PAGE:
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Odd Anomaly with Googlebot-Image/1.0

     
2:18 pm on Jun 5, 2018 (gmt 0)

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I was perusing the new Search Console and had huge amount of soft 404's for image files served through a php script.

They are listed in the search console as:

http://example.com/forum/download/file.php?id=123456&mode=view


That will not return a 404 however In the access log the request from Googlebot-Image/1.0 is coming in as:

GET /forum/download/file.php?id\\u003d123456\\u0026mode\\u003dview


Further search of the logs shows a few sites hot linking to the images using URL scheme like that. Is that even valid? Secondly why the discrepancy in the search console and the logs?
2:26 pm on June 5, 2018 (gmt 0)

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Looks like json encoding. May be sites which are hot linking to you are messing up with their database / feed
4:24 pm on June 5, 2018 (gmt 0)

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That will not return a 404
Well, that's the point. If it did return a 404 it wouldn't be listed as a “soft 404”. (Editorial comment: Is g### really being that stupid? If an URL that doesn't require parameters is redirected to the parameterless version, that's a correct and appropriate response; the alternative is Duplicate Content. What the ### do they expect you to do?)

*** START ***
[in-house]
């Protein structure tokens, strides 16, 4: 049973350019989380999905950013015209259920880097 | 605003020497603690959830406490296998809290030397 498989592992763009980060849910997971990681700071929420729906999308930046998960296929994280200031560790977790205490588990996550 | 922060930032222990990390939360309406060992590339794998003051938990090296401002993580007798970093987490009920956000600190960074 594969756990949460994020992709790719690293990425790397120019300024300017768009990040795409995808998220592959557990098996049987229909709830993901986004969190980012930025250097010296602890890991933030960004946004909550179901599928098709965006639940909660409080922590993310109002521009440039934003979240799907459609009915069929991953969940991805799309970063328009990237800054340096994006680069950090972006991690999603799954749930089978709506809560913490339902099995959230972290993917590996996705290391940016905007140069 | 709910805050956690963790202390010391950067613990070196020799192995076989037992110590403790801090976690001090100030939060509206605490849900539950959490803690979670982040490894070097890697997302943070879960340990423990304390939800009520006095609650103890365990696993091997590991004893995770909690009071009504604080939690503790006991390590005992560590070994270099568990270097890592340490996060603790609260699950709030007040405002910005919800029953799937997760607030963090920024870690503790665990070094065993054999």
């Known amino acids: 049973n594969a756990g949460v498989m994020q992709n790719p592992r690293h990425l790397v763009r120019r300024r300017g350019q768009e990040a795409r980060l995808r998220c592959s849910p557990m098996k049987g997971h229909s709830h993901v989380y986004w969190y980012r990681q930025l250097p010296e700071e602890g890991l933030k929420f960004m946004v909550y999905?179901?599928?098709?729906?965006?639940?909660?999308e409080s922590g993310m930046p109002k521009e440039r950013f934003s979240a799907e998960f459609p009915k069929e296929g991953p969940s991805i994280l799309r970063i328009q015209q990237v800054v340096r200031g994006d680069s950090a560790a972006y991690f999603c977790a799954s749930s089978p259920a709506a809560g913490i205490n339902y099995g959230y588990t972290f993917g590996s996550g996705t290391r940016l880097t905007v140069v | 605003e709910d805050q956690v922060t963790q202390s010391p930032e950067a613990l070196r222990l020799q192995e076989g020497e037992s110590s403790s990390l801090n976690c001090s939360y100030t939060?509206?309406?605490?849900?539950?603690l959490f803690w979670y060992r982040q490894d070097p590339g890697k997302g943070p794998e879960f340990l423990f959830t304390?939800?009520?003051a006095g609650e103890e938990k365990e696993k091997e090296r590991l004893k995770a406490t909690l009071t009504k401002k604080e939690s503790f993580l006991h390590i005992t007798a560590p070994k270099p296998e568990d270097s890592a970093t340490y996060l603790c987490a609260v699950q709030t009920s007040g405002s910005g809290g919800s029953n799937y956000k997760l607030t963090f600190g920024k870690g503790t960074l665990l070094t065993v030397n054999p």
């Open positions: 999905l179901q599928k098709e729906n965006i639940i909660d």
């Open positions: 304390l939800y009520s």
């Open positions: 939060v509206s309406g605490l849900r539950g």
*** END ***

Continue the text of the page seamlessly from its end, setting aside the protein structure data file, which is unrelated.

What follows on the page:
id\\u003d123456\\u0026mode\\u003dview
That looks like encoding of non-ascii, or non-alphanumeric, characters. Quick lookup confirms that it translates to
id=123456&mode=view

The interesting part is that the original (non-google) requests for URLs in this format are hotlinks, which you are presumably either blocking or serving some other content. So nobody except search engines will ever get as far as a successful request.
10:59 pm on June 5, 2018 (gmt 0)

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Lucy, G is listing it accurately in the console and I can even go through the process of having it fetch as Googlebot successfully. The image bot however is requesting wrong version presumably because of these pages and it appears to be only the image bot doing it.

Here is the offending code from the site hotlinking to it, there is numerous domains doing it but they appear to be all using same site format.


//Same thing before for other sites.
<li>
<div class="ktw_img" itemprop="associatedMedia" itemscope itemtype="http://schema.org/ImageObject" itemid="https://example.com/forum/download/file.php?id\u003d123456\u0026mode\u003dview">